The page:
Lazarus Group’s Dacls RAT Affects Macs for the First Time

· Andrew Orr · Link

Alert symbol of an exclamation point inside triangle

Security researcher Patrick Wardle writes that the Lazarus group’s RAT malware has been targeting macOS for the first time. MalwareBytes also published a report (and the source of my quote below). It was found to be distributed with a two-factor authentication app called MinaOTP, commonly used by Chinese users.

We believe this Mac variant of the Dcals RAT is associated with the Lazarus group, also known as Hidden Cobra and APT 38, an infamous North Korean threat actor performing cyber espionage and cyber-crime operations since 2009.

The group is known to be one of the most sophisticated actors, capable of making custom malware to target different platforms. The discovery of this Mac RAT shows that this APT group is constantly developing its malware toolset.

The conclusion I’m drawing is that it’s unlikely to affect most Mac users.

How Worried Should You Be About Public USB Charging Stations?

· Andrew Orr · Link

DuckDuckGo logo

Today DuckDuckGo published a post about the risks of using public charging stations. Technology exists that lets hackers install malware via these chargers. While I personally think the risk is a bit overblown, this is an argument I think can be added in favor of a portless iPhone.

Although it has become synonymous with charging, USB technology was initially developed with the aim of transmitting data. Thus, hackers can use these public charging stations to install malware on your smartphone or tablet through a compromised USB cable. This process, called “juice jacking”, allows hackers to read and export your data, including your passwords. They can even lock your device this way, rendering it unusable.

Apple Leverages iOS for Advertising You Can’t Block

· Andrew Orr · Link

Tumblr software engineer Steve Streza makes the case that iOS is adware for all of Apple’s services.

iOS 13 has an abundance of ads from Apple marketing Apple services, from the moment you set it up and all throughout the experience. These ads cannot be hidden through the iOS content blocker extension system. Some can be dismissed or hidden, but most cannot, and are purposefully designed into core apps like Music and the App Store. There’s a term to describe software that has lots of unremovable ads: adware, which what iOS has sadly become.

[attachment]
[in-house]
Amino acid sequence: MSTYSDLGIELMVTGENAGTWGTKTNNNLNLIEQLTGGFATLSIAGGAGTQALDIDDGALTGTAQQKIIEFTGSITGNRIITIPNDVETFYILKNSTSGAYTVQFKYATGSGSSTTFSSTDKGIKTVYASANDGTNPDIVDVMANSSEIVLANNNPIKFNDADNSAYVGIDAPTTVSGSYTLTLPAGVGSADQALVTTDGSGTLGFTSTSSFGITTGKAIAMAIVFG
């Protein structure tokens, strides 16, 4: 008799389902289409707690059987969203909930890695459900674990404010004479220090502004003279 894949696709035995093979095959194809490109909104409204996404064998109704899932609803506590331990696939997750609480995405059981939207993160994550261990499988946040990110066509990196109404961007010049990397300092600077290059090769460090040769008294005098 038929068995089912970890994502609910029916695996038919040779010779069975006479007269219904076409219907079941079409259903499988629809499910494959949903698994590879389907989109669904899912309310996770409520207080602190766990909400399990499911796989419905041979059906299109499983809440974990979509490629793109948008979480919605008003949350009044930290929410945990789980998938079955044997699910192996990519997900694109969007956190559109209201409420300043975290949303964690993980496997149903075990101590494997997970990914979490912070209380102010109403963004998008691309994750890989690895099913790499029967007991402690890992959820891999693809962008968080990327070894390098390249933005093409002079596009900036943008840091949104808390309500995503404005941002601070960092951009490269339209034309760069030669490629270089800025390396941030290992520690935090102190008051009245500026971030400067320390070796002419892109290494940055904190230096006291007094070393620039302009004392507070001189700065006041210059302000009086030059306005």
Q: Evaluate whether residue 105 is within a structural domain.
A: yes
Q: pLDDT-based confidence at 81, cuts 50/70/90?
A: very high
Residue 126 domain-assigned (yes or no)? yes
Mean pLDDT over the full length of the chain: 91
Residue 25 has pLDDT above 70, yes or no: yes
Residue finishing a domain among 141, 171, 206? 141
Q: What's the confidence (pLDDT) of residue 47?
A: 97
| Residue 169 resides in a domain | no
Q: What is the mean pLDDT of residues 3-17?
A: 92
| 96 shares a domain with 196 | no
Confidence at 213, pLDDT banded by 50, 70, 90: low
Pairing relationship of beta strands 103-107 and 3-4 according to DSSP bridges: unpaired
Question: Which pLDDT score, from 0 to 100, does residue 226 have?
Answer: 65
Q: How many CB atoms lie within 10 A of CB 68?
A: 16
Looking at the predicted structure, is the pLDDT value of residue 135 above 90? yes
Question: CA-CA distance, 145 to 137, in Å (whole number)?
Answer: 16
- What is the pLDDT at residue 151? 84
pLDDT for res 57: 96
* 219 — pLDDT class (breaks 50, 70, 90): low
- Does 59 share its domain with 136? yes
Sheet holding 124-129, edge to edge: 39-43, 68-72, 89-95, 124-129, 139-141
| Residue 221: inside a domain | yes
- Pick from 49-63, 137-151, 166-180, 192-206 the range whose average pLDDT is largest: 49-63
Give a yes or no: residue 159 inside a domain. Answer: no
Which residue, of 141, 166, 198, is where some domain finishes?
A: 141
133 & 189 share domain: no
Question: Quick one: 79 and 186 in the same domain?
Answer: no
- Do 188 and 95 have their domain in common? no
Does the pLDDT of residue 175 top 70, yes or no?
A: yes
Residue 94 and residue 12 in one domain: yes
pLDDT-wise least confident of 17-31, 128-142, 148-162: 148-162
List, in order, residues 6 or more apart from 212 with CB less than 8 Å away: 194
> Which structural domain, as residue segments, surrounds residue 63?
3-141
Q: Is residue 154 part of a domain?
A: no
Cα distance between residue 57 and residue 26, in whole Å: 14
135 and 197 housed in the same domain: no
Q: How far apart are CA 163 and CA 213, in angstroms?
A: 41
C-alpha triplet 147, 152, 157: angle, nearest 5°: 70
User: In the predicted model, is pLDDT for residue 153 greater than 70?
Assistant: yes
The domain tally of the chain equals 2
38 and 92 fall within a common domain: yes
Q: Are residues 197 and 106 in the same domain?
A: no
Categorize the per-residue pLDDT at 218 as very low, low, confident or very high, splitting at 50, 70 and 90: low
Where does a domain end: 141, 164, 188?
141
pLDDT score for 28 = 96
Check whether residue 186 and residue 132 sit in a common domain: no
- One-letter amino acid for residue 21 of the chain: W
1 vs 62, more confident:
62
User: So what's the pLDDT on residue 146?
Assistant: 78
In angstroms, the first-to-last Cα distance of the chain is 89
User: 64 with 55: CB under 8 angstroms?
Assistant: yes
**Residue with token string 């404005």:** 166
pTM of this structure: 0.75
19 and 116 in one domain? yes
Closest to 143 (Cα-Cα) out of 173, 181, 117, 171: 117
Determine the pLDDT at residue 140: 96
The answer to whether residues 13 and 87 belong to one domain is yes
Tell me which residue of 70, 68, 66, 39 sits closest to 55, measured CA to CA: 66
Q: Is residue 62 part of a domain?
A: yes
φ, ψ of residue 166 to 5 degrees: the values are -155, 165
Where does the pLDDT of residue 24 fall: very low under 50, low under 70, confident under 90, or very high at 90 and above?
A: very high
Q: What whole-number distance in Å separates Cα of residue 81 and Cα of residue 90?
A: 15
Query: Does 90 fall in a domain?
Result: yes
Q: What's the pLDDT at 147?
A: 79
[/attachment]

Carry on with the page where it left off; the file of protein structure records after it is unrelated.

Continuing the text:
This particularly annoys me with Apple News, where roughly half the space is dedicated to showing me News+ content, even though I don’t subscribe. On iOS you can swipe to “See Less Often” but you can’t do this on iPad.

Security Friday! – TMO Daily Observations 2020-02-07

· Kelly Guimont · The Mac Observer's Daily Observations Podcast

TMO Daily Observations Podcast Logo

Andrew Orr joins host Kelly Guimont to discuss the latest security headlines and some tips for avoiding malware and viruses on your Mac.

Clicker Malware Found in 17 iOS Apps

· Andrew Orr · News

17 apps from iOS developer AppAspect Technologies Pvt. Ltd. were found to contain clicker malware that automatically clicked on ads.

French Police Defeat Retadup Botnet Infecting 850,000 Computers

· Andrew Orr · Link

Generic image of botnet

French police have defeated a botnet that infected over 850,000 computers. It was created with the Retadup malware. With the help of a web host, they cloned the command & control server and used it to disinfect the zombie computers.

“The malware authors were mostly distributing cryptocurrency miners, making for a very good passive income,” the security company said. “But if they realized that we were about to take down Retadup in its entirety, they might’ve pushed ransomware to hundreds of thousands of computers while trying to milk their malware for some last profits.”

Last Month Google Play Had 205 Malicious Apps With Over 32M Installs

· Andrew Orr · Link

In July alone, Google Play had 205 malicious apps with over 32 million installations, most of them containing hidden ads.

The bulk of the suspicious software – 188 to be exact – contained hidden ads, accounting for 19.2 million installs. The rest of the offenders fell under the categories of subscription scam, ad fraud, stalkerware, fake apps, fake antivirus tools, adware droppers, and software with built-in backdoors, according to data compiled by ESET malware researcher Lukas Stefanko.